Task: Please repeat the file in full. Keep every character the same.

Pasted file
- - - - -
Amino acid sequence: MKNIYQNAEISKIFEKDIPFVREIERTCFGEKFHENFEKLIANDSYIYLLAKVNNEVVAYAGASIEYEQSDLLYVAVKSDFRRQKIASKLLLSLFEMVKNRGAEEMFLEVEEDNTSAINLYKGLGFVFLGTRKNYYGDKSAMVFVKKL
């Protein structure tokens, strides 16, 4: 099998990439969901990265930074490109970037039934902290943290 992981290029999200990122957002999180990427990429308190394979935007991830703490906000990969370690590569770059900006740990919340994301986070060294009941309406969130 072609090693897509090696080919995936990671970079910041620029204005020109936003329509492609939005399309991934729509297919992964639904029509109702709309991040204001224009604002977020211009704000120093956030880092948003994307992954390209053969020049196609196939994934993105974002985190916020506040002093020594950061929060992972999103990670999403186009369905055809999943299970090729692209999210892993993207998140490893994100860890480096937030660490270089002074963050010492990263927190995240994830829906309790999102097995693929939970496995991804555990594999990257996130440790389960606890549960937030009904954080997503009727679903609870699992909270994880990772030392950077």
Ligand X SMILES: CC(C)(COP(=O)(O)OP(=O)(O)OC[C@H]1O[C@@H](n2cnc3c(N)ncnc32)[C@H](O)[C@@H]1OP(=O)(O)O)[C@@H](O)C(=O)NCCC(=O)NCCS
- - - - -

Amino acid sequence: MKNIYQNAEISKIFEKDIPFVREIERTCFGEKFHENFEKLIANDSYIYLLAKVNNEVVAYAGASIEYEQSDLLYVAVKSDFRRQKIASKLLLSLFEMVKNRGAEEMFLEVEEDNTSAINLYKGLGFVFLGTRKNYYGDKSAMVFVKKL
């Protein structure tokens, strides 16, 4: 099998990439969901990265930074490109970037039934902290943290 992981290029999200990122957002999180990427990429308190394979935007991830703490906000990969370690590569770059900006740990919340994301986070060294009941309406969130 072609090693897509090696080919995936990671970079910041620029204005020109936003329509492609939005399309991934729509297919992964639904029509109702709309991040204001224009604002977020211009704000120093956030880092948003994307992954390209053969020049196609196939994934993105974002985190916020506040002093020594950061929060992972999103990670999403186009369905055809999943299970090729692209999210892993993207998140490893994100860890480096937030660490270089002074963050010492990263927190995240994830829906309790999102097995693929939970496995991804555990594999990257996130440790389960606890549960937030009904954080997503009727679903609870699992909270994880990772030392950077």
Ligand X SMILES: CC(C)(COP(=O)(O)OP(=O)(O)OC[C@H]1O[C@@H](n2cnc3c(N)ncnc32)[C@H](O)[C@@H]1OP(=O)(O)O)[C@@H](O)C(=O)NCCC(=O)NCCS